The purpose of the Eminent Domain Blog is to provide the public with information about the practice of eminent domain law. We also hope to share relevant updates and legal developments affecting this area of the law.

Computer Virus Constitutes “Good Cause” to Amend Appraisal

It is generally difficult to amend an appraisal in an eminent domain or tax certiorari proceeding.  The party attempting to amend an appraisal must show good cause, which is determined by the court’s discretion. 22 NYCRR § 202.61 controls the exchange of appraisal reports in New York Supreme Court eminent domain proceedings and states that “the court may, upon good cause shown, … allow an amended or supplemental report to be filed upon such conditions as the court may direct.”  § 202.61(a)(3).  The same language is used for amended appraisal reports in tax certiorari proceedings.  22 NYCRR §§ 202.59(h), 202.60(h).  (The rule … Continue reading

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The Decreasing Number of Appraisers

According to an article published in MarketWatch written by Amy Hoak, the number of real estate appraisers is falling.  This is not good news for the real estate industry or anyone purchasing a home. As condemnation lawyers, we rely heavily on real estate appraisers to prove the appropriate amount of just compensation.  According to Ms. Hoak, the ranks of real estate appraisers stand to shrink substantially over the next five years, which will mean longer waits, higher fees and even lower-quality appraisals as more appraisers cross state lines to value properties. The statistics provided by the Appraisal Institute are not … Continue reading

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New York Law Journal Letters to the Editor: Correcting the Record on Eminent Domain Law in New York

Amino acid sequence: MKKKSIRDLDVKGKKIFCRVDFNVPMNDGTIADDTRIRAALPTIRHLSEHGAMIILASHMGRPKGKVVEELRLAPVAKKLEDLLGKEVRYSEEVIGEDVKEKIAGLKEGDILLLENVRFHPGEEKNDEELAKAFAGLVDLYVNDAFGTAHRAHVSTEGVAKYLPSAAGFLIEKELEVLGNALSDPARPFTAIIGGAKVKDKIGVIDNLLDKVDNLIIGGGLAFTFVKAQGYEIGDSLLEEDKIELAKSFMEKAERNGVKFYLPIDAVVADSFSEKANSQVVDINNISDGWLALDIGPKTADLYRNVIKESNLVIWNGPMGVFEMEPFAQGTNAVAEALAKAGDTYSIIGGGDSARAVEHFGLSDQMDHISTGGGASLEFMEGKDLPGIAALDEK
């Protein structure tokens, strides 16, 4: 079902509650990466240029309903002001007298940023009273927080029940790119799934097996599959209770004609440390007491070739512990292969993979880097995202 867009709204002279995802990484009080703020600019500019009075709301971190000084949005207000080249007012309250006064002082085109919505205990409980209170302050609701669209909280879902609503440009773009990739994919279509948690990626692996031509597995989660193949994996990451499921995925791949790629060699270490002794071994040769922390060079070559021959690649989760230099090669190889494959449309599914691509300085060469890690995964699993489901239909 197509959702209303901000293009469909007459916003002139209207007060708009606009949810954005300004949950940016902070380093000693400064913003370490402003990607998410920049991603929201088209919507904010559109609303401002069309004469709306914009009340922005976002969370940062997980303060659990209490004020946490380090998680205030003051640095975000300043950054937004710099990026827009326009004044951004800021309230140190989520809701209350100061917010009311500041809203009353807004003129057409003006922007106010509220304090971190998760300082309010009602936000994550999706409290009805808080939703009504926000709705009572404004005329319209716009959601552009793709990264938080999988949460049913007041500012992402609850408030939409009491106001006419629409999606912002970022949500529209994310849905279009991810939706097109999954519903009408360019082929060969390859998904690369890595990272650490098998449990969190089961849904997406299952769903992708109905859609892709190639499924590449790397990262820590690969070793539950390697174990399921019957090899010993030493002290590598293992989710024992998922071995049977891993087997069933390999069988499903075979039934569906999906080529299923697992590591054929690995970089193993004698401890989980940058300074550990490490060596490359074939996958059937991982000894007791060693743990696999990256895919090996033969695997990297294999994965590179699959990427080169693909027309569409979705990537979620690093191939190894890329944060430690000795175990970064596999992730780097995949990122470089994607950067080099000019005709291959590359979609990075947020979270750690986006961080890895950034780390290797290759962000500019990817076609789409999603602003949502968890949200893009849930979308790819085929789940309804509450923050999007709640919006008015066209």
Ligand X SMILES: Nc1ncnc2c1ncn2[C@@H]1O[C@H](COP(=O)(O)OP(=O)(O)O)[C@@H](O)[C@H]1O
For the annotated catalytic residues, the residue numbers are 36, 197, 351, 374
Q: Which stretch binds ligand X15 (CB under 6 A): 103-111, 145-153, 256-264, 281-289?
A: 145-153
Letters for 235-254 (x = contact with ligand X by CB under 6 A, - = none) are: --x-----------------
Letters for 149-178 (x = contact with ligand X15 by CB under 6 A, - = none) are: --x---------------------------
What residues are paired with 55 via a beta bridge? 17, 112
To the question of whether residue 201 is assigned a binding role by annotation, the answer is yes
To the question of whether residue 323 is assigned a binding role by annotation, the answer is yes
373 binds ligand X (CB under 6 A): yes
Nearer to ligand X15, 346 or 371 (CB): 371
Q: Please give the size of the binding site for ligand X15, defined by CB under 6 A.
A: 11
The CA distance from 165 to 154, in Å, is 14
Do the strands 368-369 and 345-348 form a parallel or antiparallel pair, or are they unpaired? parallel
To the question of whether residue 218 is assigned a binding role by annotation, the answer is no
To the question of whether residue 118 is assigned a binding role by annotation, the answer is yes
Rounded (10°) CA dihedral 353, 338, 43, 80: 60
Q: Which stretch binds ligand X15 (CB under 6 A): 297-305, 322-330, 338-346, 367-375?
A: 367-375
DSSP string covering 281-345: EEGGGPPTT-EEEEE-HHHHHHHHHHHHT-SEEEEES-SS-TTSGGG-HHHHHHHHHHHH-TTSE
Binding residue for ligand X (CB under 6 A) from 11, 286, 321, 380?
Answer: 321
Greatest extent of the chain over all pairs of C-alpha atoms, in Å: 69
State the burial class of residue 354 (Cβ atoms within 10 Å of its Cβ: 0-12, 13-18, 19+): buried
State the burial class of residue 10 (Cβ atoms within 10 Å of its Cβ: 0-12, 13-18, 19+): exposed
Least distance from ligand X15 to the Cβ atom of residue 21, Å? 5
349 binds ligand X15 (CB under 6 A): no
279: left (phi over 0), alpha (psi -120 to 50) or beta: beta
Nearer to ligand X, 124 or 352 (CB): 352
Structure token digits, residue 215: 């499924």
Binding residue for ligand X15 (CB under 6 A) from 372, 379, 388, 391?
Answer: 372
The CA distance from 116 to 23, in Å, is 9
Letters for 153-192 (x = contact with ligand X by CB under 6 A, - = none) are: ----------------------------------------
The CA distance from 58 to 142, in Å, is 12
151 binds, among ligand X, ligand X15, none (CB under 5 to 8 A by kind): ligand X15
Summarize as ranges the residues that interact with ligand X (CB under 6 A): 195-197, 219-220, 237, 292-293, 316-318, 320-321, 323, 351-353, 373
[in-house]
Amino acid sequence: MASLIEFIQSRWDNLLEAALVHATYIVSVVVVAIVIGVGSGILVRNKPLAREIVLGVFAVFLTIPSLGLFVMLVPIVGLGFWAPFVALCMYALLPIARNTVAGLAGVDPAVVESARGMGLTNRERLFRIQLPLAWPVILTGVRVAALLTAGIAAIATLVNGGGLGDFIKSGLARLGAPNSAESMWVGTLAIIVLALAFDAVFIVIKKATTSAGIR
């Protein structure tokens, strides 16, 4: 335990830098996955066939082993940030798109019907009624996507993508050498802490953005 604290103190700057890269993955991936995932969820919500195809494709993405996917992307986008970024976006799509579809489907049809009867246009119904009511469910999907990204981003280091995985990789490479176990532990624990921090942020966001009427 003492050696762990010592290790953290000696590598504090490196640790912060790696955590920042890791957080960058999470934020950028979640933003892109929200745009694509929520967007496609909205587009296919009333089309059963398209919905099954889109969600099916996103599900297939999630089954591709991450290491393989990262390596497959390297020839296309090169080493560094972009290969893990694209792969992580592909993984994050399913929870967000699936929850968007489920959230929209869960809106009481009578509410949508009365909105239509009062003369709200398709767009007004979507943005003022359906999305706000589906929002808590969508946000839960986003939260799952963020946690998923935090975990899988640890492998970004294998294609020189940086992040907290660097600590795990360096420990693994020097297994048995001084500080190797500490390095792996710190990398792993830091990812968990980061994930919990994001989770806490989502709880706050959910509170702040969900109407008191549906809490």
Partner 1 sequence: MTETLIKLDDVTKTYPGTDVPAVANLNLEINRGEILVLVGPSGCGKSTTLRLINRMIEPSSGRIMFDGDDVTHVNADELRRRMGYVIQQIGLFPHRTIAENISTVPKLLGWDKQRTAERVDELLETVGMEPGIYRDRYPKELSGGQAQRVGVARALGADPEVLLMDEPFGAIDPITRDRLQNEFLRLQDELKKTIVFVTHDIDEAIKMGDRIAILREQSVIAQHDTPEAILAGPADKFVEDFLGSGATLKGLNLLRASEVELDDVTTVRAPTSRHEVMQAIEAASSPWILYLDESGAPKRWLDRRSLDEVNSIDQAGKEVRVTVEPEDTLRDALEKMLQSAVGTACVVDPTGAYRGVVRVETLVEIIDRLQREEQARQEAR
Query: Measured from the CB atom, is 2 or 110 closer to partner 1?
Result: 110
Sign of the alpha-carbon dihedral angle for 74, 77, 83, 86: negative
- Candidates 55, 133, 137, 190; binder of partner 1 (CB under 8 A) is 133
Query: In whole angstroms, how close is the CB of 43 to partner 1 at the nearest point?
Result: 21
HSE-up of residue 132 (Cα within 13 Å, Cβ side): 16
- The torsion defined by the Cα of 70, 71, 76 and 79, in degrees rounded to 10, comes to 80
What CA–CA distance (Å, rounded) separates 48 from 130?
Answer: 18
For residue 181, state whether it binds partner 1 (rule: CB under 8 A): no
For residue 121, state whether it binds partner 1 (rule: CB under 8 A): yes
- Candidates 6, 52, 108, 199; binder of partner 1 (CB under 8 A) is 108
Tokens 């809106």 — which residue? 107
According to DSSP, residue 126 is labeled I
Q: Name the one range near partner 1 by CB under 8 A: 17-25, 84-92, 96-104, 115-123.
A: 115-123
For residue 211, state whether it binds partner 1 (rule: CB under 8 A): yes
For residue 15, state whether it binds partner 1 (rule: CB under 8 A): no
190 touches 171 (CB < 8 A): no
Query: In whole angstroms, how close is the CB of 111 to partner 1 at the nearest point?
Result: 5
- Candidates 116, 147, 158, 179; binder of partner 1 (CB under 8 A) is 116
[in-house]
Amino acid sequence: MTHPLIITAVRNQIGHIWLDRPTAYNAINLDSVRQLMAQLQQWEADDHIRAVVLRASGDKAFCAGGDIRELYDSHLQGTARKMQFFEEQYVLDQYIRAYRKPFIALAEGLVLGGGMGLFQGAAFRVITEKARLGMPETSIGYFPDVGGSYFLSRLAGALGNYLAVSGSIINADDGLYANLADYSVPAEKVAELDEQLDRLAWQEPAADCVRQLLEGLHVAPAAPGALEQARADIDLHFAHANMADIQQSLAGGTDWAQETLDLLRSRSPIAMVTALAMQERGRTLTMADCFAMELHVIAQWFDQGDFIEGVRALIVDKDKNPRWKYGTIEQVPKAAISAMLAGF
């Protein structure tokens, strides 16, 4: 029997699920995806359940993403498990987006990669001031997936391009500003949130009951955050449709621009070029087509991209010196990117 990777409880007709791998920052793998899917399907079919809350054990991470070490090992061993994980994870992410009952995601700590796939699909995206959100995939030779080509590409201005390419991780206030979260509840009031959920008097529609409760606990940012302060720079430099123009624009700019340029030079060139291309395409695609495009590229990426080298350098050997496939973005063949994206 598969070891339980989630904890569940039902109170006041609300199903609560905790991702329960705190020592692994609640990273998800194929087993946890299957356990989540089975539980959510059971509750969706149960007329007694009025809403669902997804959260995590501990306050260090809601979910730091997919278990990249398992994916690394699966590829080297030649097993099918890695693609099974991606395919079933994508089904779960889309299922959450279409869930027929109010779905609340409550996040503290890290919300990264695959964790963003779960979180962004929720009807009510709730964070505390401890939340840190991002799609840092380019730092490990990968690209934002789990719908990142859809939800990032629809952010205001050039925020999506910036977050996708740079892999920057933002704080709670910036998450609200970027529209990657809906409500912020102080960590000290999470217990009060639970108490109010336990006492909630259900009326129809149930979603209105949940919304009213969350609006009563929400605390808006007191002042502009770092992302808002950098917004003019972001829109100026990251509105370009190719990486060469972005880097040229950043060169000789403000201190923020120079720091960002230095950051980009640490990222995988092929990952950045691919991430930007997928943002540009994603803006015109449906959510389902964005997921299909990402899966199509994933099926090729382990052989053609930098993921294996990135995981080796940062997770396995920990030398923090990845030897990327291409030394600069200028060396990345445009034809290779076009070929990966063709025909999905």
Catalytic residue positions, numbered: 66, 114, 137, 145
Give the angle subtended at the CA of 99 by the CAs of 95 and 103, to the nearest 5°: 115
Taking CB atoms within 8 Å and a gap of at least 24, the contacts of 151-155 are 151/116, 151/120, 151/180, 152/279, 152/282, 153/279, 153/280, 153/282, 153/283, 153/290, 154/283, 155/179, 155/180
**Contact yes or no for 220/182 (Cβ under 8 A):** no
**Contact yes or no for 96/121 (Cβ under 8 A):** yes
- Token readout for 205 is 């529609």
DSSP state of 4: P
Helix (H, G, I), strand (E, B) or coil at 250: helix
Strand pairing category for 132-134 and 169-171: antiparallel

Michael Rikon wrote a letter to the editor in the November 17, 2015, edition of the New York Law Journal titled, “Correcting the Record on Eminent Domain Law in New York.” In his letter, Mr. Rikon responded to Fred Kolikoff, a recently-retired New York City Law Department Assistant Corporation Counsel, who submitted erroneous letters to the editor in response to Mr. Rikon’s New York Law Journal eminent domain articles.  Mr. Rikon’s complete letter to the editor is reprinted here: This letter is written in response to the letter to the editor, “Burden of Proof In Condemnation Proceedings,” by Fred Kolikoff … Continue reading

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Supreme Court of Florida Provides Reminder that Condemnor Must Pay Attorneys’ Fees as Just Compensation for its Excessive Litigation

We often discuss that attorneys’ fees are a necessary component of constitutional just compensation, especially when the condemnor excessively litigates, delays, and attempts to prevent the property owner from obtaining just compensation.  See New York Eminent Domain Procedure Law (“EDPL”) § 701; see also General Crushed Stone Co. v. State of New York, 93 N.Y.2d 23 (1999); Hakes v. State of New York, 81 N.Y.2d 392 (1993). On November 5, 2015, Florida’s highest court reiterated this fundamental necessity and held that “when a condemning authority engages in tactics that cause excessive litigation, [the Florida state law concerning what the court … Continue reading

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New York Law Journal: New York’s Exclusive Procedure on “Taking” Needs Amendment

Michael Rikon authored a column in the October 30, 2015, edition of the New York Law Journal titled, “New York’s Exclusive Procedure on ‘Taking’ Needs Amendment.” In his article, Mr. Rikon discusses that, although New York’s Eminent Domain Procedure Law (“EDPL”), which was adopted in 1977, provides far superior protection in comparison to the procedures in other states, the EDPL is still overdue for study and amendment. Mr. Rikon notes that the EDPL is almost forty years old.  It is long in the tooth and in need of revision.  There are many substantive areas that require review and amendment. Some … Continue reading

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